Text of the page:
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J Sci Food Agric 1998, 78, 343È348
Use of Digital Aroma Technology and SPME
GC-MS to Compare Volatile Compounds
Produced by Bacteria Isolated from Processed
Judy W Arnold¤ and Samuel D Senter
United States Department of Agriculture, Richard B Russell Agricultural Research Center, PO Box 5677,
Athens, Georgia 30604, USA
(Received 2 March 1998 ; accepted 10 March 1998)
Abstract : Digital aroma technology, solid-phase micro-extraction (SPME) and
gas chromatographic mass spectral (GC-MS) analysis of the headspace volatile
organic compounds were used to compare bacterial species important for food
safety and common to bioÐlms in the poultry processing environment. The
instrument for digital aroma technology, called the electronic nose, measured
changes in resistance of polymer sensors caused by volatile gases from the headspace of samples. Graphical output by the Sammon mapping technique produced patterns of di†erences or similarities among the samples. ArtiÐcial neural
network software was used to model groups of samples and classify subsequent
unknowns. Compounds isolated from the headspace of sealed cultures using
polydimethylsiloxane SPME Ðbres and identiÐed by GC-MS analyses were predominantly alcohols and indole. These qualitative proÐles were repetitive for speciÐc organisms in relation to purity and repeatability of the cultures, di†ered by
species and were used as objective standards to compare the graphical outputs of
the electronic nose. ( 1998 Society of Chemical Industry.
J Sci Food Agric 78, 343È348 (1998)
Key words : bioÐlms ; poultry ; bacteria ; aroma ; electronic nose ; SPME ; GC-MS
volatile organic compounds (VOCs) as they cross an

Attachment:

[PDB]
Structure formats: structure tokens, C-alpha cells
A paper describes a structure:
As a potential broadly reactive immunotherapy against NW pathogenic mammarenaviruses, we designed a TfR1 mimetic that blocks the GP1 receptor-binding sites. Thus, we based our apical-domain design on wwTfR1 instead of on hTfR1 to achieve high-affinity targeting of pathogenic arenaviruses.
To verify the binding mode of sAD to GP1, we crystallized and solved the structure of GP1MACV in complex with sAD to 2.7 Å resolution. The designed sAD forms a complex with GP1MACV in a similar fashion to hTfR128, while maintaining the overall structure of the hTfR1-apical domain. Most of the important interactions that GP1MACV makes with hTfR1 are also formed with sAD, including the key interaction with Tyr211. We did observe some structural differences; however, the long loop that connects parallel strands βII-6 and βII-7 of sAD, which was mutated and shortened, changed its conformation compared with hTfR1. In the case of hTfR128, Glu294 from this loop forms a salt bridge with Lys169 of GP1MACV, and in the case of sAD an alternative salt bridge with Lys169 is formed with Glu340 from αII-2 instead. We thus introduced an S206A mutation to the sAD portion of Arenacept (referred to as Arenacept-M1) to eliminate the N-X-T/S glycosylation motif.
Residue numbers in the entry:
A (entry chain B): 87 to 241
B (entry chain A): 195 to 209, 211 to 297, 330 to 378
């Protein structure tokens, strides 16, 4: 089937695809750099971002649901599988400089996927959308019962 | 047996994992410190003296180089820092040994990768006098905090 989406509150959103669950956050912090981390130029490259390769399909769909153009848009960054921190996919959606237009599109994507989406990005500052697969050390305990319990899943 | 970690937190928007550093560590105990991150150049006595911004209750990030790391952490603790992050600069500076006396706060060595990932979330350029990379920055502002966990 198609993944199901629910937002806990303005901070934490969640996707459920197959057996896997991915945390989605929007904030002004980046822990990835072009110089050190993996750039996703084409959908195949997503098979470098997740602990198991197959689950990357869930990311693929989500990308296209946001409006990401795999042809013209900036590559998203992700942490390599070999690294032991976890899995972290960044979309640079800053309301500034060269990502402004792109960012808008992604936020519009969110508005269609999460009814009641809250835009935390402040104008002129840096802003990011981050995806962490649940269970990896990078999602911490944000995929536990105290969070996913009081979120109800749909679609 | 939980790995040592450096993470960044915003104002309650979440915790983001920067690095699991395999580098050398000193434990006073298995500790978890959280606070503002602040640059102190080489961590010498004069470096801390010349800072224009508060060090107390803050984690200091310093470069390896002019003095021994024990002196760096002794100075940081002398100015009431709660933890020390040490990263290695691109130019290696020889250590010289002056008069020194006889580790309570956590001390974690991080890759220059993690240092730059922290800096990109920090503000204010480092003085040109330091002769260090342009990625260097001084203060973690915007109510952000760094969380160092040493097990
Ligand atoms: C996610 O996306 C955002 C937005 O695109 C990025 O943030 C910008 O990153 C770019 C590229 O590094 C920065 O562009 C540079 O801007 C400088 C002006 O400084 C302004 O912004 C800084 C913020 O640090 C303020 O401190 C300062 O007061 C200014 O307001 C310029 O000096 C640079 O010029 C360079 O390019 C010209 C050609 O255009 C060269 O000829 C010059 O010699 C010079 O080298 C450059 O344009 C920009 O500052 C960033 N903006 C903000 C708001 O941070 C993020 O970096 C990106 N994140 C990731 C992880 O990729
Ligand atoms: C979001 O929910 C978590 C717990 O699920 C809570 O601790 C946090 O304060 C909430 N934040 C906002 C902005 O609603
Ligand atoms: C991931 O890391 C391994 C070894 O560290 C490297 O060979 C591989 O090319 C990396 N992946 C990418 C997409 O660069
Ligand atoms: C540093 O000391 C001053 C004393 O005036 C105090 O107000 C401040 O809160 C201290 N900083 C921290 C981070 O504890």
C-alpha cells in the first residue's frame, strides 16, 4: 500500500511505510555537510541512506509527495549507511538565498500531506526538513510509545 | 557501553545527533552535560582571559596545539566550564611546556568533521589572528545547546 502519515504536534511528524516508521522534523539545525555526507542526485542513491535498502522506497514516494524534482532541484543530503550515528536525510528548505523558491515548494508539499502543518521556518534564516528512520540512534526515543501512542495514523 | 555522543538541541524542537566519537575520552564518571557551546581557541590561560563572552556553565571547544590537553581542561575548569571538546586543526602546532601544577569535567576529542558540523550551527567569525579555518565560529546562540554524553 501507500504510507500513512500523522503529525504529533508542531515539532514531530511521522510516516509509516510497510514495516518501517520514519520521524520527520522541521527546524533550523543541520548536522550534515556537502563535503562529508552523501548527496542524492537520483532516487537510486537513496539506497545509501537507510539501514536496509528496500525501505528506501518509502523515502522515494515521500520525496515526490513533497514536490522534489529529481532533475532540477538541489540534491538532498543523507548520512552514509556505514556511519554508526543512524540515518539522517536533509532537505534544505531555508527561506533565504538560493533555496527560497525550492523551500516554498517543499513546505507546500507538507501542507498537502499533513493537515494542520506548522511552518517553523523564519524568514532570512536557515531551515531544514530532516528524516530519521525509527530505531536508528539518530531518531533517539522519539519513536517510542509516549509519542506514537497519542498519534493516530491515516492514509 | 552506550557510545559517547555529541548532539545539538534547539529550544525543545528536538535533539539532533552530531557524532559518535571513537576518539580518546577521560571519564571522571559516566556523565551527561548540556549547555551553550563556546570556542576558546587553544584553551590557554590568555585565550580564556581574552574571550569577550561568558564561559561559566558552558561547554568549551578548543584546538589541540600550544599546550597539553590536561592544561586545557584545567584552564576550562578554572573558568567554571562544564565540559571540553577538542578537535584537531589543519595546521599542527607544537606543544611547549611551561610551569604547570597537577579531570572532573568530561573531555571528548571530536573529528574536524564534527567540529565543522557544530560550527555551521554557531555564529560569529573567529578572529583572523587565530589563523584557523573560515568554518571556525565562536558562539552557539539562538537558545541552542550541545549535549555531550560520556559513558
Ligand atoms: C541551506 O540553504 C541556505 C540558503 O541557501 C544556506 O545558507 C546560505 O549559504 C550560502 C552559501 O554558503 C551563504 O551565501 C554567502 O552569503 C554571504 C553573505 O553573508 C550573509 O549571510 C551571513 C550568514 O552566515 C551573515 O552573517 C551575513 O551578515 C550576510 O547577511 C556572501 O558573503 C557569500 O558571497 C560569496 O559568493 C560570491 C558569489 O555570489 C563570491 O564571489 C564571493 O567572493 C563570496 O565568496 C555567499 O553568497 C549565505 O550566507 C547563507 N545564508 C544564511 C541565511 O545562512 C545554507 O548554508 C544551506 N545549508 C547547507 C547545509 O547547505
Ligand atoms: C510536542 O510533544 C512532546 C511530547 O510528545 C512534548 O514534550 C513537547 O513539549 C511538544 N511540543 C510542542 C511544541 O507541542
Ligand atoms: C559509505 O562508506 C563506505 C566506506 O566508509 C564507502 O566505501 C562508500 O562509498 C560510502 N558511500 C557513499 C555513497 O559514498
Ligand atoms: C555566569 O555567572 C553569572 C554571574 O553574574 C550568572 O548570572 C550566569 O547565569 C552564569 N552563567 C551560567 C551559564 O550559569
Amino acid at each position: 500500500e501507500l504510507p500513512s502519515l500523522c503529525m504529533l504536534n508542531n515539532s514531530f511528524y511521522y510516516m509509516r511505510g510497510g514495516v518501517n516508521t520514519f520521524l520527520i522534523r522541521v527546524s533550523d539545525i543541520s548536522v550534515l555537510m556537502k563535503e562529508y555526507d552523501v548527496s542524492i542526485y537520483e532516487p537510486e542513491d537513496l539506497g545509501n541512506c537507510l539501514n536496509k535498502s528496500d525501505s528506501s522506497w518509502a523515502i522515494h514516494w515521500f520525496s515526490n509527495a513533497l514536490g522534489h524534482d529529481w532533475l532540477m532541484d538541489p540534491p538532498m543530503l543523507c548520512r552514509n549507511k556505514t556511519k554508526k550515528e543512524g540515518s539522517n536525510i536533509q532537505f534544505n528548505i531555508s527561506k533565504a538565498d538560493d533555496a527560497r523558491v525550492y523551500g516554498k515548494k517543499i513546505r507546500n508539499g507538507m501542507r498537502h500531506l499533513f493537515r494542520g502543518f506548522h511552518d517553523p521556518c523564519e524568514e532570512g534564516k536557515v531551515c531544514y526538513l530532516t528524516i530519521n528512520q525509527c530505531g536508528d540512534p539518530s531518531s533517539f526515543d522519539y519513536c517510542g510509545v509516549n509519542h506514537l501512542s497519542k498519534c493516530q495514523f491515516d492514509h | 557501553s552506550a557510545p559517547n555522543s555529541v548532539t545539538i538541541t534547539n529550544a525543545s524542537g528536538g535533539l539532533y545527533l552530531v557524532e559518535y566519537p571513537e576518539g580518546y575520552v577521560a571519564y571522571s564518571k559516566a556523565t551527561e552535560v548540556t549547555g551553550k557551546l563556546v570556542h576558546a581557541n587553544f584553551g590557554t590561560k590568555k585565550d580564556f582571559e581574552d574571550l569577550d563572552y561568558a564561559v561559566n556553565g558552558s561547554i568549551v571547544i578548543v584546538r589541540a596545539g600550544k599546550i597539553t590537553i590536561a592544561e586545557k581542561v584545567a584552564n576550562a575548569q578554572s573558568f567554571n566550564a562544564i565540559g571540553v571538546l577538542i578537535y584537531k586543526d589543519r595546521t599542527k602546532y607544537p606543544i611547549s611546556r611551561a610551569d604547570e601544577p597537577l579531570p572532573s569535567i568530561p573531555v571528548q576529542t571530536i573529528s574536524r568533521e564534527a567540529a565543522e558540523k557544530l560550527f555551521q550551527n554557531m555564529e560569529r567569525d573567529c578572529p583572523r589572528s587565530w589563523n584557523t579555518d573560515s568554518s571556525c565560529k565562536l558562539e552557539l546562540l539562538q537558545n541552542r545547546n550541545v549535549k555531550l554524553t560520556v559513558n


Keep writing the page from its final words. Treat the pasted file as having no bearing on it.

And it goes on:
array of sensors (Hodgins and Simmonds 1995). Rapid
reversibility of the volatile to sensor binding process
allows samples to be run in rapid succession. In early
models, sensor arrays usually were connected to
numerical modules for statistical analysis, ie semiconductor gas sensors responded to the aromas, pattern
recognition analysis di†erentiated the resulting data
matrices and cluster analysis was used to classify the
samples (Aishima 1991 ; Newman 1991 ; Persaud 1991).
A system for odour classiÐcation that was introduced
later included a sensor array, statistical analysis module
and an artiÐcial neural network. The network classiÐed
and stored the statistical data, then used the information to match subsequent unknown samples with previously encountered samples (Dodd et al 1991 ; Shurmer
and Gardner 1992 ; Davide et al 1994 ; Hines and
Gardner 1994).
Digital aroma technology, or the electronic nose, has
been developed in recent years as a quality assurance
tool to detect odours in food and Ñavour industries.
Intended to mimic biological olfactory functions of
human sensory panels, it functions by rapidly adsorbing
and desorbing volatiles at the surfaces of sensors,
causing changes in measured electrical resistance. While
analytical techniques, such as gas chromatography
(GC), separate headspace gases from samples into peaks
corresponding to individual compounds, the electronic
nose integrates measurements of the total headspace
* This article is a US Government work, and, as such, is in
the public domain in the United States of America. Reference
to a company name or product does not imply endorsement